I have read many hysterical, and many sober, criticisms of the movie. Many of the criticisms have suggested that the movie is, in some way or other, anti-Semitic. Krauthammer comes up with two suggestions that are new to me. The first is that because half of Satan’s four appearances in the movie have him inciting the Jewish crowd, the movie is saying that these are Satan’s people. This is, depending on your view, either evidence that Krauthammer has found a very devious anti-Semitic ploy of Gibson’s that almost nobody else was able to see, or evidence that Krauthammer is looking extremely hard to find anti-Semitism in the movie.
The second is that the scourging scene is anti-Semitic too. Now many people have argued that the scene is far too long, and I think there’s a reasonable case to be made for that view. While many of the commentators who believe this also believe the movie to be anti-Semitic, they have not generally said that the scene itself was anti-Semitic, for the simple reason that the Romans and not the Jews were doing the scourging. Krauthammer thinks it anti-Semitic because it has “the high priest Caiaphas stand there with his cruel, impassive fellow priests witnessing the scourging.” Another point for originality, to be evaluated in either of the above ways.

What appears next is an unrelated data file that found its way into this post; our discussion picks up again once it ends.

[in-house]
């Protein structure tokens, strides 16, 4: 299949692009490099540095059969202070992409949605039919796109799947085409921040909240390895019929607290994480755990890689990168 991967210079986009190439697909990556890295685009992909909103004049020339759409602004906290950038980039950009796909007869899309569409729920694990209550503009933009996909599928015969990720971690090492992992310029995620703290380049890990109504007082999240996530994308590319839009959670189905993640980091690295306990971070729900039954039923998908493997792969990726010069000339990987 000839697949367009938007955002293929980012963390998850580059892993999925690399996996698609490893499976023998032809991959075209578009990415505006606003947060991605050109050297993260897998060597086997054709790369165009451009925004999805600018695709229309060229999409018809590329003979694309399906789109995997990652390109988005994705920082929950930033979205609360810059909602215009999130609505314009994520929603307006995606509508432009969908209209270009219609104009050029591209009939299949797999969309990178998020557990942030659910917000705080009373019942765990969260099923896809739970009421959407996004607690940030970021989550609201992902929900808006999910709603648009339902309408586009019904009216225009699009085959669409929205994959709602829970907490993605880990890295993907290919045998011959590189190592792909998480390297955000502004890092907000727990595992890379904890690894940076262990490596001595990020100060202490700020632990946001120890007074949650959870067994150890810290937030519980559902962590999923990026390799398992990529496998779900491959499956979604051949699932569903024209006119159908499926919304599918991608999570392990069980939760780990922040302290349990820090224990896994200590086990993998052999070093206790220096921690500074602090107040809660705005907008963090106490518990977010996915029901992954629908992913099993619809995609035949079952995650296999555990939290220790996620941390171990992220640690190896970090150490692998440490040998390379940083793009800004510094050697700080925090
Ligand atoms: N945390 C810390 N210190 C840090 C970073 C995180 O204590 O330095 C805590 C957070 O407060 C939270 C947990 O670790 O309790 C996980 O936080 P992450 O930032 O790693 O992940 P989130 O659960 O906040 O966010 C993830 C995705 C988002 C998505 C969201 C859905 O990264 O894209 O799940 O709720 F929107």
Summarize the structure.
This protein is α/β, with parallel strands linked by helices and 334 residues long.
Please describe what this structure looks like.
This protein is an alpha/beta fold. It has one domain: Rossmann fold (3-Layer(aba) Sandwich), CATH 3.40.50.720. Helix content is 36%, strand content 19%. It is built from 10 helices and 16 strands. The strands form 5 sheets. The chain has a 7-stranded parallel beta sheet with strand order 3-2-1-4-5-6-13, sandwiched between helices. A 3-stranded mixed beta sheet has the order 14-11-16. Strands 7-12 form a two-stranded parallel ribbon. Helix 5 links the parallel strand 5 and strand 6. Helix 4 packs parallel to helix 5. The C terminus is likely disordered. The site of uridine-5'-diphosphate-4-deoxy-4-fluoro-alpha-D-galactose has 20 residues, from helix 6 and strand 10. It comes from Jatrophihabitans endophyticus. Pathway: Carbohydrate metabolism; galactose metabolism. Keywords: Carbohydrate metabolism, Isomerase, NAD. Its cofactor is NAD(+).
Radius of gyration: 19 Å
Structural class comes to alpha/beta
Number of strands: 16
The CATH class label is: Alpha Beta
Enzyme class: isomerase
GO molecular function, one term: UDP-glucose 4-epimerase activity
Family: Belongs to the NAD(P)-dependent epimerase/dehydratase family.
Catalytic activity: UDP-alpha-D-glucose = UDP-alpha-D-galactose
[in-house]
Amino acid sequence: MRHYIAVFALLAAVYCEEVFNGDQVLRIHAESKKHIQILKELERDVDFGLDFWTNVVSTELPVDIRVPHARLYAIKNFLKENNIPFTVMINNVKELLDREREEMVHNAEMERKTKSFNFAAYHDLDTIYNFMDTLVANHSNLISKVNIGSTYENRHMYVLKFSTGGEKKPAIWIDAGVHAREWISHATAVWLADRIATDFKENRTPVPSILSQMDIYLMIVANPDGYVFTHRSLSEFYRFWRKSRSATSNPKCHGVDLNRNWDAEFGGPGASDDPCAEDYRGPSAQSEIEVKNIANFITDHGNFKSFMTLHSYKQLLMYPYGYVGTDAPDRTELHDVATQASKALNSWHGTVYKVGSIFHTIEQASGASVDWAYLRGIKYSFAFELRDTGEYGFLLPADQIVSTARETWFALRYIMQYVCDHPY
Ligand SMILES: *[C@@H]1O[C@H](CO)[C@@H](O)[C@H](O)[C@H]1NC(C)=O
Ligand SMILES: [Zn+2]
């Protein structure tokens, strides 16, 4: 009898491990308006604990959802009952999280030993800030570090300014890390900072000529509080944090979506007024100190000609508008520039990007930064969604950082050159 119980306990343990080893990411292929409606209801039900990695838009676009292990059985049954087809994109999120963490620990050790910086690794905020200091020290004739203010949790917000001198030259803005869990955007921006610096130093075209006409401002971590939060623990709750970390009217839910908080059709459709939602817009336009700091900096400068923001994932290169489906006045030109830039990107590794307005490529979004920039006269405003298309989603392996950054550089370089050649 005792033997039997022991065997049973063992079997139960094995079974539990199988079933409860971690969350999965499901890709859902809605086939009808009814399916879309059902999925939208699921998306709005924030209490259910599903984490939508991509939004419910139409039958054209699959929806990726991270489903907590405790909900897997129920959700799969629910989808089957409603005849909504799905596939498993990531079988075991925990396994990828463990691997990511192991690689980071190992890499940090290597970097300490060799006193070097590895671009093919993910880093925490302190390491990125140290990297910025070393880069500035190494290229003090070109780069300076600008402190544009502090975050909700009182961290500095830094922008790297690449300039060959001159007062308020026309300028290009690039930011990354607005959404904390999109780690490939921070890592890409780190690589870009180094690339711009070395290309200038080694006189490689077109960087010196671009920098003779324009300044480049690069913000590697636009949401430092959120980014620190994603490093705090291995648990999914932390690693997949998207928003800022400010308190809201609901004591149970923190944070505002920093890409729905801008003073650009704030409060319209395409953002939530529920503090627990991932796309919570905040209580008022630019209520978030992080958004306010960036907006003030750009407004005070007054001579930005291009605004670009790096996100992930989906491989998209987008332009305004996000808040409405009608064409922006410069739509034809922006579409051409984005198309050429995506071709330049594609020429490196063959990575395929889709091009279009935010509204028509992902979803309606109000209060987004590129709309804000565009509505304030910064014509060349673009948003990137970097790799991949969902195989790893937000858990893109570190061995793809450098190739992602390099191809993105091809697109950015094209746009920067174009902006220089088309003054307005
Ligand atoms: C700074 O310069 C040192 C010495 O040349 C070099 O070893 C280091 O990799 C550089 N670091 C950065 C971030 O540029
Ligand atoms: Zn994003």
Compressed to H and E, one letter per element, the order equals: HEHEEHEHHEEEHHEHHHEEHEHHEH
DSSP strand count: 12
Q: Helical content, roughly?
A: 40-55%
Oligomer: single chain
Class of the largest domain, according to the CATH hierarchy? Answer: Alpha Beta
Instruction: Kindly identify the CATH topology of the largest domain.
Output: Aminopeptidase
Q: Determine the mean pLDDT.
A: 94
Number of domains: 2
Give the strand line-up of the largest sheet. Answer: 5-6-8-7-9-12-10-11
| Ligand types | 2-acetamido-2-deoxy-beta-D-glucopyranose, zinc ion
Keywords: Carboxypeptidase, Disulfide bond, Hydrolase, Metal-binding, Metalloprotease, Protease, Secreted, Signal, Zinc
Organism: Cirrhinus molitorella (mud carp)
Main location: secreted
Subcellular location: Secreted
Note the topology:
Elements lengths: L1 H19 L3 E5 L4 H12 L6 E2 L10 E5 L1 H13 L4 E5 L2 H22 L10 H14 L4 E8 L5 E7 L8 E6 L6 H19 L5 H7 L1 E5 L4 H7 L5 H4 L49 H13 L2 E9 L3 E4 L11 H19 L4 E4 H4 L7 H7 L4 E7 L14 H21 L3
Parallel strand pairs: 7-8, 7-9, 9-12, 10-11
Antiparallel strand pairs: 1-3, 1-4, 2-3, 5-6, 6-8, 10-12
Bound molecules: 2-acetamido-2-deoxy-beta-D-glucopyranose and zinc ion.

Krauthammer refers several times to Vatican II. Now there is no reason for a non-Catholic to be familiar with what Vatican II did and did not do; there is no shame in Krauthammer’s not knowing much about it. But perhaps if you don’t know much about it you should refrain from writing columns that refer so frequently to the subject.